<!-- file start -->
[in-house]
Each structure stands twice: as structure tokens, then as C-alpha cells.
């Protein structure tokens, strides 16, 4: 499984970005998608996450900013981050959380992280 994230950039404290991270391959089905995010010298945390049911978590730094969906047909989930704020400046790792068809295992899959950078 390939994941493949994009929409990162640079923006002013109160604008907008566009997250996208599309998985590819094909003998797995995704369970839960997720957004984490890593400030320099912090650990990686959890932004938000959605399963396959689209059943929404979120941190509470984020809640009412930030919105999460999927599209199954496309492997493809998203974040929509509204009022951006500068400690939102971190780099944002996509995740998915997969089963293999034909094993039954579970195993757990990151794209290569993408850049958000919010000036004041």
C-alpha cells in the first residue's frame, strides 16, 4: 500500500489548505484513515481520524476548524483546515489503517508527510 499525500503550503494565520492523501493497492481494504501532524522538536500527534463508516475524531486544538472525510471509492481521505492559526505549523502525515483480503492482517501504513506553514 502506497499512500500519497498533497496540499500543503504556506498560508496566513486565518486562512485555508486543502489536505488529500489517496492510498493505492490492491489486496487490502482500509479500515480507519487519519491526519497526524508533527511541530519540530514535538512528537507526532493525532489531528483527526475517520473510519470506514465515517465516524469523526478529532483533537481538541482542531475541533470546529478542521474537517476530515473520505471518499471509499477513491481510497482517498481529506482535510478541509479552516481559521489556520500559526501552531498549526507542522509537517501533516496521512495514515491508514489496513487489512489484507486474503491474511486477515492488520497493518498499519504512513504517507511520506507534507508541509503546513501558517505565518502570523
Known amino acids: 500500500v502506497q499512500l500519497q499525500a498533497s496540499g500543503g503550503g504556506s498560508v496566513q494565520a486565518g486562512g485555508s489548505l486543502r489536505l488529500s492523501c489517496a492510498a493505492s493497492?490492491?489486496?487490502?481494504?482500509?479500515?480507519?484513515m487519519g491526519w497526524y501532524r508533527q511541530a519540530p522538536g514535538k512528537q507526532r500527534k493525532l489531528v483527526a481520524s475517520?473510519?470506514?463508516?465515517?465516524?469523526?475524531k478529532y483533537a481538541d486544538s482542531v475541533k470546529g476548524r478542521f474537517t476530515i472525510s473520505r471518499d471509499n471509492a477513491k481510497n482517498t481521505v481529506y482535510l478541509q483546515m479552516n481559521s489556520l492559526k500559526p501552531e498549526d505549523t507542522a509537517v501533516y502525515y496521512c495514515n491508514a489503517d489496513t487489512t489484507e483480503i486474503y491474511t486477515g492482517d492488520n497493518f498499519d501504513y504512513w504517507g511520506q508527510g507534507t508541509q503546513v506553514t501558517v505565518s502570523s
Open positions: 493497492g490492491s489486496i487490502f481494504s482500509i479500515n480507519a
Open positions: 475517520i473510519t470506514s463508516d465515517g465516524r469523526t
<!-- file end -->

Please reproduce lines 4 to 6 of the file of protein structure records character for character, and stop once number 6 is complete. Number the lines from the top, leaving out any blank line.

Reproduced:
C-alpha cells in the first residue's frame, strides 16, 4: 500500500489548505484513515481520524476548524483546515489503517508527510 499525500503550503494565520492523501493497492481494504501532524522538536500527534463508516475524531486544538472525510471509492481521505492559526505549523502525515483480503492482517501504513506553514 502506497499512500500519497498533497496540499500543503504556506498560508496566513486565518486562512485555508486543502489536505488529500489517496492510498493505492490492491489486496487490502482500509479500515480507519487519519491526519497526524508533527511541530519540530514535538512528537507526532493525532489531528483527526475517520473510519470506514465515517465516524469523526478529532483533537481538541482542531475541533470546529478542521474537517476530515473520505471518499471509499477513491481510497482517498481529506482535510478541509479552516481559521489556520500559526501552531498549526507542522509537517501533516496521512495514515491508514489496513487489512489484507486474503491474511486477515492488520497493518498499519504512513504517507511520506507534507508541509503546513501558517505565518502570523
Known amino acids: 500500500v502506497q499512500l500519497q499525500a498533497s496540499g500543503g503550503g504556506s498560508v496566513q494565520a486565518g486562512g485555508s489548505l486543502r489536505l488529500s492523501c489517496a492510498a493505492s493497492?490492491?489486496?487490502?481494504?482500509?479500515?480507519?484513515m487519519g491526519w497526524y501532524r508533527q511541530a519540530p522538536g514535538k512528537q507526532r500527534k493525532l489531528v483527526a481520524s475517520?473510519?470506514?463508516?465515517?465516524?469523526?475524531k478529532y483533537a481538541d486544538s482542531v475541533k470546529g476548524r478542521f474537517t476530515i472525510s473520505r471518499d471509499n471509492a477513491k481510497n482517498t481521505v481529506y482535510l478541509q483546515m479552516n481559521s489556520l492559526k500559526p501552531e498549526d505549523t507542522a509537517v501533516y502525515y496521512c495514515n491508514a489503517d489496513t487489512t489484507e483480503i486474503y491474511t486477515g492482517d492488520n497493518f498499519d501504513y504512513w504517507g511520506q508527510g507534507t508541509q503546513v506553514t501558517v505565518s502570523s
Open positions: 493497492g490492491s489486496i487490502f481494504s482500509i479500515n480507519a